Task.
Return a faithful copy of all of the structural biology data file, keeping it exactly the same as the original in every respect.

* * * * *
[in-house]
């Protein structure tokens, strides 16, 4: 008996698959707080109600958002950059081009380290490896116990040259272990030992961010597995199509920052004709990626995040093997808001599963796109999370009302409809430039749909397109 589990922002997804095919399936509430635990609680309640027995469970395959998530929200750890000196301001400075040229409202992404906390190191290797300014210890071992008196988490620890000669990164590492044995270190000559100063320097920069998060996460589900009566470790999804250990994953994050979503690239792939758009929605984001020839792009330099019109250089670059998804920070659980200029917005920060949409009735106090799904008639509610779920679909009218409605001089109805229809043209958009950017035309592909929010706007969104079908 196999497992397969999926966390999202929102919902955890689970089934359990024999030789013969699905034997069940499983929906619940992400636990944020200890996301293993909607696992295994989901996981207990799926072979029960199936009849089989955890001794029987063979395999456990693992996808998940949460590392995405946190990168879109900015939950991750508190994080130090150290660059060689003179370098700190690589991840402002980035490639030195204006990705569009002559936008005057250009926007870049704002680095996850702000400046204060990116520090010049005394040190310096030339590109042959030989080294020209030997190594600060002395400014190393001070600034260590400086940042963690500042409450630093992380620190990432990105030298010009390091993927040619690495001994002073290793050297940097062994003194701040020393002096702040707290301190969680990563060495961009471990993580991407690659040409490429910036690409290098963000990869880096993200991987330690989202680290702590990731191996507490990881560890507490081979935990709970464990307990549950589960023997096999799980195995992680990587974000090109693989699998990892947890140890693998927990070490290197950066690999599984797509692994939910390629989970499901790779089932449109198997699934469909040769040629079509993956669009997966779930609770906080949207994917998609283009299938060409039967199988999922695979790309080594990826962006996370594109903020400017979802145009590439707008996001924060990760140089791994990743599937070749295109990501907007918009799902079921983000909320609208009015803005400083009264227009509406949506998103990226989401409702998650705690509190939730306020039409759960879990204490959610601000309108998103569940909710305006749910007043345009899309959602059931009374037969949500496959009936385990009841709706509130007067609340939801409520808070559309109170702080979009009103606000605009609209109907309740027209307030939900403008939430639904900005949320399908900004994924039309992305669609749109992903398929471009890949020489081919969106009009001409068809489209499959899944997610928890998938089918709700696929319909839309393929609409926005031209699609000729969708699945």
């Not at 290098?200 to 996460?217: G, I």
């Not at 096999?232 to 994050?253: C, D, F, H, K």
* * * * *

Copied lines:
[in-house]
């Protein structure tokens, strides 16, 4: 008996698959707080109600958002950059081009380290490896116990040259272990030992961010597995199509920052004709990626995040093997808001599963796109999370009302409809430039749909397109 589990922002997804095919399936509430635990609680309640027995469970395959998530929200750890000196301001400075040229409202992404906390190191290797300014210890071992008196988490620890000669990164590492044995270190000559100063320097920069998060996460589900009566470790999804250990994953994050979503690239792939758009929605984001020839792009330099019109250089670059998804920070659980200029917005920060949409009735106090799904008639509610779920679909009218409605001089109805229809043209958009950017035309592909929010706007969104079908 196999497992397969999926966390999202929102919902955890689970089934359990024999030789013969699905034997069940499983929906619940992400636990944020200890996301293993909607696992295994989901996981207990799926072979029960199936009849089989955890001794029987063979395999456990693992996808998940949460590392995405946190990168879109900015939950991750508190994080130090150290660059060689003179370098700190690589991840402002980035490639030195204006990705569009002559936008005057250009926007870049704002680095996850702000400046204060990116520090010049005394040190310096030339590109042959030989080294020209030997190594600060002395400014190393001070600034260590400086940042963690500042409450630093992380620190990432990105030298010009390091993927040619690495001994002073290793050297940097062994003194701040020393002096702040707290301190969680990563060495961009471990993580991407690659040409490429910036690409290098963000990869880096993200991987330690989202680290702590990731191996507490990881560890507490081979935990709970464990307990549950589960023997096999799980195995992680990587974000090109693989699998990892947890140890693998927990070490290197950066690999599984797509692994939910390629989970499901790779089932449109198997699934469909040769040629079509993956669009997966779930609770906080949207994917998609283009299938060409039967199988999922695979790309080594990826962006996370594109903020400017979802145009590439707008996001924060990760140089791994990743599937070749295109990501907007918009799902079921983000909320609208009015803005400083009264227009509406949506998103990226989401409702998650705690509190939730306020039409759960879990204490959610601000309108998103569940909710305006749910007043345009899309959602059931009374037969949500496959009936385990009841709706509130007067609340939801409520808070559309109170702080979009009103606000605009609209109907309740027209307030939900403008939430639904900005949320399908900004994924039309992305669609749109992903398929471009890949020489081919969106009009001409068809489209499959899944997610928890998938089918709700696929319909839309393929609409926005031209699609000729969708699945």
């Not at 290098?200 to 996460?217: G, I």
């Not at 096999?232 to 994050?253: C, D, F, H, K």